5 items from 2015
Gotham Academy #7
Writers – Becky Cloonan & Brenden Fletcher
Art – Mingjue Helen Chen
Letters – Steve Wands
Publisher – DC Comics
To say that Gotham Academy #7 feels a little disappointing would be completely unfair. That would imply that its quality is somehow deficient, and that is patently not the case. Just like the preceding issues of this series, it’s capital T.N. Top Notch. But the fact that it is so Top Notch leaves the fleeting aspects of the story — say like the presence of a certain major Bat-family character — feeling like they’re gone too soon. Basically, Gotham Academy #7 is like being given a slice of a magnificently delicious pie and having the rest taken away from you. It’s satisfying on its own, but you still have to wonder why it is you can’t have another.
Yes, after the tantalizing teaser at the end of issue #6, Damian Wayne enrolls at Gotham Academy, »
- Luke Dorian Blackwood
Today is Vincent Price’s 104th Birthday! Price was born here in St. Louis on this date in 1911 and is the most iconic movie star to hail from our city. Price, who died October 25th 1993, was also a gourmand, author, stage actor, speaker, world-class art collector, raconteur, and all-around Renaissance man. Vincent Price was simply one of the most remarkable people of the 20th Century. Four years ago we had the opportunity to celebrate his 100th birthday and St. Louis was the place to do it. I teamed up with Cinema St. Louis to present Vincentennial, The Vincent Price 100th Birthday Celebration, an event that lasted through much of the Spring of 2011. The following year Vincentennial won two coveted Rondo Awards, one for “Best Fan Event” and a second for myself as “Monster Kid of the Year” for directing the event. The Rondo Awards are prestigious Fan Awards given out »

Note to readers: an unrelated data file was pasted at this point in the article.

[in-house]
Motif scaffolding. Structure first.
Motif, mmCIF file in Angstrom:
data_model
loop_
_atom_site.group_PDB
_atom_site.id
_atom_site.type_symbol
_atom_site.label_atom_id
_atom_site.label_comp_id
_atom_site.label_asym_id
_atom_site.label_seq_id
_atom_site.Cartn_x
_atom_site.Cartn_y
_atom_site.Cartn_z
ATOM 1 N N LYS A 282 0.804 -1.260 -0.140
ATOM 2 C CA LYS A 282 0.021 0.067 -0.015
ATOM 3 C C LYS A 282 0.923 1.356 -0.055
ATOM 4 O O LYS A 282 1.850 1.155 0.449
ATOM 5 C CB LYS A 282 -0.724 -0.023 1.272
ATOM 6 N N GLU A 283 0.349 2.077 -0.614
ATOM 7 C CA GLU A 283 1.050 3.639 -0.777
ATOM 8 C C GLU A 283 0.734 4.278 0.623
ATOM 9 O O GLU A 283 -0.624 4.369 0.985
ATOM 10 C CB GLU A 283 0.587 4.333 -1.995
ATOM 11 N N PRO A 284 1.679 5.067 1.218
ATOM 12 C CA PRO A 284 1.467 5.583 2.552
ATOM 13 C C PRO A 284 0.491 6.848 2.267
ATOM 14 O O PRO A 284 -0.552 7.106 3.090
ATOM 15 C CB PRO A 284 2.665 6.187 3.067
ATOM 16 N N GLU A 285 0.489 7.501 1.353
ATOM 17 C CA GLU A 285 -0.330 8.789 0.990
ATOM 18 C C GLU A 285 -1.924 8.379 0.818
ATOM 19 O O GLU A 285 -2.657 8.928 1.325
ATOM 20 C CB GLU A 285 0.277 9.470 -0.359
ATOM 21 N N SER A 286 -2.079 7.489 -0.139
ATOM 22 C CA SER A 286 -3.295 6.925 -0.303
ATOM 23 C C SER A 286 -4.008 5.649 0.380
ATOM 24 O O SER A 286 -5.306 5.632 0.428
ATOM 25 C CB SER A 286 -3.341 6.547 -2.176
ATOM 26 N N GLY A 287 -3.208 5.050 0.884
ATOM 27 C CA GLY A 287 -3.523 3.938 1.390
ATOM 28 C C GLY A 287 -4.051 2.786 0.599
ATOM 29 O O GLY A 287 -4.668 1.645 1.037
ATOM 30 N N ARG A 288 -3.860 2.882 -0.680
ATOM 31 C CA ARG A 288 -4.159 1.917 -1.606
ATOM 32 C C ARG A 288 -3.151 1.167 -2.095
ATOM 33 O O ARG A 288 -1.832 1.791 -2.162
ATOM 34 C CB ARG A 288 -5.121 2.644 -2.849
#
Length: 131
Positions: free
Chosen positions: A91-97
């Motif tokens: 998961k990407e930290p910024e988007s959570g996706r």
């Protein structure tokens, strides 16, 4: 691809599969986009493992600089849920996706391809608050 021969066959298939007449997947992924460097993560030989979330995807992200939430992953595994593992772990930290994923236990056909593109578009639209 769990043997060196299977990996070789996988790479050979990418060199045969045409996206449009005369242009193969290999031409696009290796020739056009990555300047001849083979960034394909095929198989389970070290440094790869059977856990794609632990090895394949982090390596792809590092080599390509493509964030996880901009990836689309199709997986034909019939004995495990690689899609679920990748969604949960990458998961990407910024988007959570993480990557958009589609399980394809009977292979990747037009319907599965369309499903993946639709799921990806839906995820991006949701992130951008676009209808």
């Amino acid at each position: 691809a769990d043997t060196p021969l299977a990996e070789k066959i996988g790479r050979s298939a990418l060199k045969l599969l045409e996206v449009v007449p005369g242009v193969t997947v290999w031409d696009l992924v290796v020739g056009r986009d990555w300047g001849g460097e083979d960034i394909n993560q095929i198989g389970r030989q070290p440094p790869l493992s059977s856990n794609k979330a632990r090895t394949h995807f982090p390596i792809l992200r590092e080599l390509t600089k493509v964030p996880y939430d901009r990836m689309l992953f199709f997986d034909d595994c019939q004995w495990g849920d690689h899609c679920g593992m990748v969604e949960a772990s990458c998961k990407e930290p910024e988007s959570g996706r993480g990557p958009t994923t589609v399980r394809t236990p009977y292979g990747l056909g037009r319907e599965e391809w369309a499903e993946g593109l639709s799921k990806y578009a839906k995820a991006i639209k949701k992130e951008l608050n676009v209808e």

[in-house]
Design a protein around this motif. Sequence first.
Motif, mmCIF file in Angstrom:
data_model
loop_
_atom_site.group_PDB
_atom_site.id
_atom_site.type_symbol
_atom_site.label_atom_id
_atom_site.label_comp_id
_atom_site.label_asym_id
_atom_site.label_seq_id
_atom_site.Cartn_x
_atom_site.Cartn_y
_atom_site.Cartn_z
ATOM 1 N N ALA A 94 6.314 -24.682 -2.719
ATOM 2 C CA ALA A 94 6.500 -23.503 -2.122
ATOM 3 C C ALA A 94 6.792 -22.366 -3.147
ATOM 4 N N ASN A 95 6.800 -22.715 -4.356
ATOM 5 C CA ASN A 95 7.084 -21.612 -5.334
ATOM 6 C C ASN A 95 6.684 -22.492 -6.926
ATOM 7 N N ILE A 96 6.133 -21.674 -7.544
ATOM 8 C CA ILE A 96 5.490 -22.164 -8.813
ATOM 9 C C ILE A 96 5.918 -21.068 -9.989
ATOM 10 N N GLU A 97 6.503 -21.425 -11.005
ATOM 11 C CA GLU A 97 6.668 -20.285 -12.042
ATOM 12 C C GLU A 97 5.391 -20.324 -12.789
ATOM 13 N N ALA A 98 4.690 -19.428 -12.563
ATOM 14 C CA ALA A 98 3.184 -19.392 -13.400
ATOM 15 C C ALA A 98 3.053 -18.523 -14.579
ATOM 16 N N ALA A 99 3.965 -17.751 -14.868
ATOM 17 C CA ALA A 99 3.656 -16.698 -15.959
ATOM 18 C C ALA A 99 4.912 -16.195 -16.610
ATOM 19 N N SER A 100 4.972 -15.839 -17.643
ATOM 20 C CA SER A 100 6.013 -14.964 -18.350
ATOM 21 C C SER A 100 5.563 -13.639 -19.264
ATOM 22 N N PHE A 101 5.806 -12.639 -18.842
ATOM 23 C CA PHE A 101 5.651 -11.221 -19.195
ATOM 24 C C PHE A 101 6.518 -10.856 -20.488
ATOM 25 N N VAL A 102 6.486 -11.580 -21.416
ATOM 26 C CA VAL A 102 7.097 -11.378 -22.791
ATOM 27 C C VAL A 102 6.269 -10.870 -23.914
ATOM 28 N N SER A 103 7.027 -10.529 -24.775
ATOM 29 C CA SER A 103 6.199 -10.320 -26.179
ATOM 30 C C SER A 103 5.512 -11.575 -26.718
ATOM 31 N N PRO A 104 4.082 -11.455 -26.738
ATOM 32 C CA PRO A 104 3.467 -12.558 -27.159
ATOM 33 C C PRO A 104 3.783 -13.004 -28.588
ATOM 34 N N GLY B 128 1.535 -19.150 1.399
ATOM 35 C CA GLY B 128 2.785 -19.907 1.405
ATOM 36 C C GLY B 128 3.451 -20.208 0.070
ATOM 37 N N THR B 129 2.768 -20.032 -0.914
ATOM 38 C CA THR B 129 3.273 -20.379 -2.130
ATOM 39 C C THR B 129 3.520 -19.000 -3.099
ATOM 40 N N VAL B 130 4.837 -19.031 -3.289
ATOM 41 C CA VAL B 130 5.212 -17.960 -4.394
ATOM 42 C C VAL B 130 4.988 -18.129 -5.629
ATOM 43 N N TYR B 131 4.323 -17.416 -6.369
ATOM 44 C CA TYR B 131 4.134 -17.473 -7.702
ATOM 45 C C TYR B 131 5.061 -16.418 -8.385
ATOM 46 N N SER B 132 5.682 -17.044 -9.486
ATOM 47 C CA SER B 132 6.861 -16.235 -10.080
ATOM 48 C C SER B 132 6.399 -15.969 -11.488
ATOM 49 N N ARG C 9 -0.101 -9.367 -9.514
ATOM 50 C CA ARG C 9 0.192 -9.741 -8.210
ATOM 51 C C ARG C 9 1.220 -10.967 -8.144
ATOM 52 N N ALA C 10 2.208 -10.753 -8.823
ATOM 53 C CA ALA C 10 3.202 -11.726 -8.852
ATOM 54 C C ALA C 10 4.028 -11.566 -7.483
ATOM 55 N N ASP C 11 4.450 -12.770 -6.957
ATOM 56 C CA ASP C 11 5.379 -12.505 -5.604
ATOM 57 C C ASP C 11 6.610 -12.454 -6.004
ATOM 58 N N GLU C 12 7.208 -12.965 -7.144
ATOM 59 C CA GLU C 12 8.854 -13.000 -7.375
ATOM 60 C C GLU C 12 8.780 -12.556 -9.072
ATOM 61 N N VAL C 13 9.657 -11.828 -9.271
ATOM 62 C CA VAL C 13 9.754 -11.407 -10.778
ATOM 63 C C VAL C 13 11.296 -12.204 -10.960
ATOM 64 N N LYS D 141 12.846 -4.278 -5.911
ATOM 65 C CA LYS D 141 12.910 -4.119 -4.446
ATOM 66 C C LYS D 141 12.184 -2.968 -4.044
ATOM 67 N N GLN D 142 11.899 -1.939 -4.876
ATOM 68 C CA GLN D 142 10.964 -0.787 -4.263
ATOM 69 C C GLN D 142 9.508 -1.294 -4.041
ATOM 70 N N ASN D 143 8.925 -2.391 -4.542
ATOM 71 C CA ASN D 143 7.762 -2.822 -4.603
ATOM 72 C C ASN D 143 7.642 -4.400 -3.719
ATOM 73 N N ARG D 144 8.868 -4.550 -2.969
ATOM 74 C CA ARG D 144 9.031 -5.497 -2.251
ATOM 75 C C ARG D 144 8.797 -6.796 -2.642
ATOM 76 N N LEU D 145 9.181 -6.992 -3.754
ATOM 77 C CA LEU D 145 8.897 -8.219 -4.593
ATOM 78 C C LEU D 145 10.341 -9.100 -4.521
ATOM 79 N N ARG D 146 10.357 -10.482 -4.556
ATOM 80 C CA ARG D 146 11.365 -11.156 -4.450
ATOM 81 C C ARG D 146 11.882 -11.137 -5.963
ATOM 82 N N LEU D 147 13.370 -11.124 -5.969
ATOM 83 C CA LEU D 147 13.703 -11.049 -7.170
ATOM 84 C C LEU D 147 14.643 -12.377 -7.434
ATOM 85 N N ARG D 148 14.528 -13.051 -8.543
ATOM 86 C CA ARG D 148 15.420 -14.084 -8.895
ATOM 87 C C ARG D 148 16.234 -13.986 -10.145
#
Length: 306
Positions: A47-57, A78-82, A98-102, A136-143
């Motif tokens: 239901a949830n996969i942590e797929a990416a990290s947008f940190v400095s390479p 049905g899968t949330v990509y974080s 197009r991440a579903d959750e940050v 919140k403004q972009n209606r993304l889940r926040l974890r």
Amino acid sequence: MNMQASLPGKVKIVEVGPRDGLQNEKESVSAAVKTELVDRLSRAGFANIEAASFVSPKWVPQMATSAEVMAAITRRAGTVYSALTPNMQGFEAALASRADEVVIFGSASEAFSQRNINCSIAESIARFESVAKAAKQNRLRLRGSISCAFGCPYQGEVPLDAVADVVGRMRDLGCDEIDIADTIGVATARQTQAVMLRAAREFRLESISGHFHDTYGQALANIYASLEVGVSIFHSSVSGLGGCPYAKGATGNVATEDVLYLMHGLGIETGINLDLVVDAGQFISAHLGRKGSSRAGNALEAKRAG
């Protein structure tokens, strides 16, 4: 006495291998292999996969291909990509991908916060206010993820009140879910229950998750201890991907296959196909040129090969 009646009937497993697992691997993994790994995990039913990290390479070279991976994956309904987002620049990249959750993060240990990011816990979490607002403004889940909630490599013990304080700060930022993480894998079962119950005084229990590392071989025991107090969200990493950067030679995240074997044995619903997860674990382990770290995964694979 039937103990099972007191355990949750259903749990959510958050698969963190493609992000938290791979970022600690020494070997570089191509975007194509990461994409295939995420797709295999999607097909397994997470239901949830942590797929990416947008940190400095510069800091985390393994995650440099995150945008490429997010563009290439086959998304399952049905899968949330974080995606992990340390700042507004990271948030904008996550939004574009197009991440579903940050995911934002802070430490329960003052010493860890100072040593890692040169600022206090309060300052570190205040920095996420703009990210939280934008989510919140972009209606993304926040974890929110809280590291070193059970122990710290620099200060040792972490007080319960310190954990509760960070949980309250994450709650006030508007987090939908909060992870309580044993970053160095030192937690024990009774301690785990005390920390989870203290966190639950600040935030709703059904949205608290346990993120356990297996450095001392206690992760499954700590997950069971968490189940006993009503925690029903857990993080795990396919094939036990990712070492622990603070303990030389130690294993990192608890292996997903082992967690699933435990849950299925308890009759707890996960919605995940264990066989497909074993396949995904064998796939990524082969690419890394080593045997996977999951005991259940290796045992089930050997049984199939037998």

- Tom Stockman
Oh, to have been there at the drive-in in 1957 when this came out. Drive-ins were peaking in popularity, with over 4000 far and wide across North America providing countless hours of entertainment for youngsters, teenagers, and parents alike. However, if I was a little one and had seen this lurid and terrifying spectacle bleeding from the enormous outdoor screen, looming over the family car, I probably would have cried for my dad to rip off the attached speaker from the car window and make for the safety of home. And fast.
Released in the early summer of 1957, The Curse of Frankenstein was a huge hit worldwide, delighting audiences and – wait for it – appalling reviewers at the time. This isn’t much of a surprise. Curse is different from the Universal monster films of yore; even though it is set in the 1800’s, it has a direct, hip, and dare I say »
- Scott Drebit
The second week of April is a big one for horror fans, as one of the most buzzed-about indie genre films of 2014—The Babadook—is finally coming home this Tuesday courtesy of Scream Factory and IFC Midnight. There are also a multitude of classic cult titles arriving in high-def on April 14th as well, including Long Weekend, Tales of Terror, the sequels to both The Toxic Avenger and Class of Nuke ’Em High, and Class of 1984.
Several new titles are also being released this week including Jinn, Roadside, and Echoes, and 20th Century Fox is unleashing their terror-filled sequel, The Woman in Black 2 Angel of Death, on both Blu-ray and DVD.
- Heather Wixson
One of the most versatile and brilliant writers in history, Edgar Allan Poe was an American author who helped to influence scores of other literary greats.
Active during the 1840s and 1850s, Poe dabbled in mystery and detective writing, he helped to continue the emergence of the science-fiction genre of literature, and was part of the American Romantic Movement – even becoming the first well-known Us-born author to attempt to earn a living through his literary works alone.
Interestingly though, Poe also tried his hand at other forms of literature – writing one play (“Politian”) and one completed novel (“The Narrative of Arthur Gordon Pym of Nantucket”) during his lifetime.
But aside from his brilliant works, Poe’s life itself also makes for fascinating reading. »
- Chris Waugh
5 items from 2015
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